Manitoba puts age restriction on AstraZeneca vaccine, warns of variant spread

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WINNIPEG — Manitoba has brought in age restrictions for the Oxford-AstraZeneca vaccine while health officials closely watch the rise in variants of concern.

Dr. Joss Reimer, medical lead of the province's vaccine committee, says the AstraZeneca vaccine will be limited to people between the ages of 55 and 64.

Canada's National Advisory Committee on Immunization has recommended that it not be given to people under the age of 55.

That comes after more reports that patients in Europe developed blood clots following vaccination with the AstraZeneca product.

Reimer says Manitoba has given out about 14,000 of 18,000 AstraZeneca doses, which are available through medical clinics and pharmacies.

People under 55 who have booked an appointment to get the AstraZeneca shot will be contacted and asked to cancel.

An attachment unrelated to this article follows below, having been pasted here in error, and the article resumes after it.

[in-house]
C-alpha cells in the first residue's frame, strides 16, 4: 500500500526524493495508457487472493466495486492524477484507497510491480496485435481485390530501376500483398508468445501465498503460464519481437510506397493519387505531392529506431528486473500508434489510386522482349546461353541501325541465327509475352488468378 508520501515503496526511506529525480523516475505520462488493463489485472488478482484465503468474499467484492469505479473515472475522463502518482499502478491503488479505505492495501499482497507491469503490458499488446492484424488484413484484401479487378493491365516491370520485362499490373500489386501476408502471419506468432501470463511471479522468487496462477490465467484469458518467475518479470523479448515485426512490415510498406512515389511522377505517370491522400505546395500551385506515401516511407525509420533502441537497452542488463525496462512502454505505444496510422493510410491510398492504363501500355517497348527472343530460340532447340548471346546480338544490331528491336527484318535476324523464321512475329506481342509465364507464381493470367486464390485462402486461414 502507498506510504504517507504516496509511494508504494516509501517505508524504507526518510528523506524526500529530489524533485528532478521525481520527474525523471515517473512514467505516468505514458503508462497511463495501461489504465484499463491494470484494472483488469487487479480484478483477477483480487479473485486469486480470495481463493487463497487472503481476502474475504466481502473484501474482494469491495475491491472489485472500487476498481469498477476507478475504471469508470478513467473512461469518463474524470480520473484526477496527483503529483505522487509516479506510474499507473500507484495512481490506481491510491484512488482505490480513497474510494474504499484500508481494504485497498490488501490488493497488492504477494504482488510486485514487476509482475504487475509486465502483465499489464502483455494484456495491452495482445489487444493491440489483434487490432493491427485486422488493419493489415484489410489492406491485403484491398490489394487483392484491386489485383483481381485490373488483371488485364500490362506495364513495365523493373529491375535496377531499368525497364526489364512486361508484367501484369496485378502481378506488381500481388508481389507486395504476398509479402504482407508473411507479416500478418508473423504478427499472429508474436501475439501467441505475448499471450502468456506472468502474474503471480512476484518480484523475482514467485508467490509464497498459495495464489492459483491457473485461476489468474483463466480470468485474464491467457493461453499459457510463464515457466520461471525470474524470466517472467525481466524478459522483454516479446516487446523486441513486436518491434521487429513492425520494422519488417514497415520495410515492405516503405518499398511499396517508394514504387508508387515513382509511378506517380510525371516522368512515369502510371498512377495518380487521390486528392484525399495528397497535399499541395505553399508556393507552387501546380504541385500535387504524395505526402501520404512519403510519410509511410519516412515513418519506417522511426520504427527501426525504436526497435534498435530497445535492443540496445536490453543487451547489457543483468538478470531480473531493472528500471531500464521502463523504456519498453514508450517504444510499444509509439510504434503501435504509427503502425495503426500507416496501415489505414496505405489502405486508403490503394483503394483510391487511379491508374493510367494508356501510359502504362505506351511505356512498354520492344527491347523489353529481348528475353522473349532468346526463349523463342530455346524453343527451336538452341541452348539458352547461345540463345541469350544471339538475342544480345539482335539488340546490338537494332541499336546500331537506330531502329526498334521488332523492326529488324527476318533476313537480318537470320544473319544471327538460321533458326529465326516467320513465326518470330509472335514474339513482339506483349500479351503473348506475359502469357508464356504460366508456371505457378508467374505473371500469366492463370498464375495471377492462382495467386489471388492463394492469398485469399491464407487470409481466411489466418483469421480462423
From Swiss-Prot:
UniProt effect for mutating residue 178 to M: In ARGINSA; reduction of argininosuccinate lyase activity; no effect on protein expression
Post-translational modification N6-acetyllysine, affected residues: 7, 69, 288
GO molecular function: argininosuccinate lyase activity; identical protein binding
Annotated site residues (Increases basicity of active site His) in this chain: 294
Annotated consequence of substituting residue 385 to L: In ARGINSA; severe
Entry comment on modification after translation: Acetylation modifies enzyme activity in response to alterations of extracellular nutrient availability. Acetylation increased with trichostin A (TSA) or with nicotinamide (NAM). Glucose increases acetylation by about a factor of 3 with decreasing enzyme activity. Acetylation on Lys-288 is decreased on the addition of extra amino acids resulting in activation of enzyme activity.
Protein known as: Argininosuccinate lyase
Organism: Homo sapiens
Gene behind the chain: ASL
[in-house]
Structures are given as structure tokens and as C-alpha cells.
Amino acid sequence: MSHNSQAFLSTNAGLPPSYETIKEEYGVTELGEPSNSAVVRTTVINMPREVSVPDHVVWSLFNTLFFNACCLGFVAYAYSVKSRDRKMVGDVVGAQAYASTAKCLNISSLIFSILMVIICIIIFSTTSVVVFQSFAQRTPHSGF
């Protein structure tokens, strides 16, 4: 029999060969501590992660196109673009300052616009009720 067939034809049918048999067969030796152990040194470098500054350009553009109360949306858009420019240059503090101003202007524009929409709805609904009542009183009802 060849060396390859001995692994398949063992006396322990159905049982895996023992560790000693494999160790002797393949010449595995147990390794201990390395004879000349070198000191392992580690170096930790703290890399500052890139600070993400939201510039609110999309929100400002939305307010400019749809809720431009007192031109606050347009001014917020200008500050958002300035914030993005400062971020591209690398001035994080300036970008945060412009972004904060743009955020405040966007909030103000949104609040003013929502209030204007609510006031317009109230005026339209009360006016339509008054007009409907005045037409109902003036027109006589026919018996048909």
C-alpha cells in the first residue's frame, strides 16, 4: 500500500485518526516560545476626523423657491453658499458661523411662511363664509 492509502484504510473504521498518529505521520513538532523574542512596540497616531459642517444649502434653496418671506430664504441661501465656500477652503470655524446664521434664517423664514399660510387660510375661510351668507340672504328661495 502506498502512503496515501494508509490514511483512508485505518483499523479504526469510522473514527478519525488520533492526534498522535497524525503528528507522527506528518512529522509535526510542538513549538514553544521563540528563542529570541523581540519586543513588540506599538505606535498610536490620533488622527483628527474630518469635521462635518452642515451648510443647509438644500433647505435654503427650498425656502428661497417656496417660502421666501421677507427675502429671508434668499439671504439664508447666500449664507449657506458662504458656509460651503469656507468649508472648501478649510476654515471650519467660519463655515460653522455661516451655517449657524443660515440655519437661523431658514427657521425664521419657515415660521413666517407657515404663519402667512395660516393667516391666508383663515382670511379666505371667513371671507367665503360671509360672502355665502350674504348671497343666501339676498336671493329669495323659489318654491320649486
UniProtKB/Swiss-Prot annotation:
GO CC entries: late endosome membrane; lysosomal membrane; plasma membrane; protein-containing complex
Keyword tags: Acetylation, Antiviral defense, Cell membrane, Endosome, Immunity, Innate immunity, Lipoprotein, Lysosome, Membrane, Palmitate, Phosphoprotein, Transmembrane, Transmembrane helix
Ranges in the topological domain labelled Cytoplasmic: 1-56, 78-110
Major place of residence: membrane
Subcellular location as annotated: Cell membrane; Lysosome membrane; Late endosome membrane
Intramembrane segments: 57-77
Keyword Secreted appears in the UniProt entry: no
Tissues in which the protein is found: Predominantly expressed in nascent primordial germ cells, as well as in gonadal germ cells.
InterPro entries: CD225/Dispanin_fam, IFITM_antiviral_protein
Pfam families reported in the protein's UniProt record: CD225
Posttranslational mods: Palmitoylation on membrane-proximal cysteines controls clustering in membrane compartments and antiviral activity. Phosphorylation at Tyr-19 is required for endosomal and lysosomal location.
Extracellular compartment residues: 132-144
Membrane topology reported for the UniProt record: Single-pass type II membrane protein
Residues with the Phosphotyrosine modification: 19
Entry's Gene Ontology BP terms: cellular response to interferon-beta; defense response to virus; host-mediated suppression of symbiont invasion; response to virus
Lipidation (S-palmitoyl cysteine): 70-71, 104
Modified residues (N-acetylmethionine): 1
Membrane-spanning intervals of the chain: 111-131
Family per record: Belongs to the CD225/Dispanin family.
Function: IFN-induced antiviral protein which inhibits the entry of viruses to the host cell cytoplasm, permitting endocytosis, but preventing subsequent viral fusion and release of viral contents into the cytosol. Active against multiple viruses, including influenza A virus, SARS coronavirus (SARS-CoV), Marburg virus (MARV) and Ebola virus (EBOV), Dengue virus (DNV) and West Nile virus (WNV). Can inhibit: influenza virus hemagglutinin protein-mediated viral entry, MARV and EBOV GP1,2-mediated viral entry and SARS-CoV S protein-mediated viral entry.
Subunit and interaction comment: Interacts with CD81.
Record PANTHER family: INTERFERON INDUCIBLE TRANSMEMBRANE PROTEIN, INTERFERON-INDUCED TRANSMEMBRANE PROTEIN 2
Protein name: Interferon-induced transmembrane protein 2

Reimer said the change is not expected to have a significant effect on the timeline for vaccine distribution at this time.

"This is a pause while we wait for more information to better understand what we are seeing in Europe," she said Monday.

There were 53 new cases of COVID-19 in Manitoba on Monday.

The age for vaccine eligibility was expanded to people 64 and older and First Nations people 44 and older.

Manitoba has given at least one dose to more than 10 per cent of people who are 18 and older.

Dr. Brent Roussin, chief provincial public health officer, said everyone must remain cautious while vaccine rollout continues, especially considering the increase in variants of concern.

"One day last week up to a third of our cases had screened positive for B.1.1.7," said Roussin, referring to a strain first identified in the United Kingdom.

"This is showing us that the B.1.1.7 strain, like many other jurisdictions in Canada, is becoming the dominant strain."

Roussin said the variant leads to faster transmission, increased hospitalization at younger ages and more severe outcomes.

There were 136 more cases of the variants confirmed Monday. Most of them were linked to household contacts but there is also community spread, he said.

"We really are in that race against these variants of concern and the rollout of our vaccine."

This report by The Canadian Press was first published March 29, 2021.

Kelly Geraldine Malone, The Canadian Press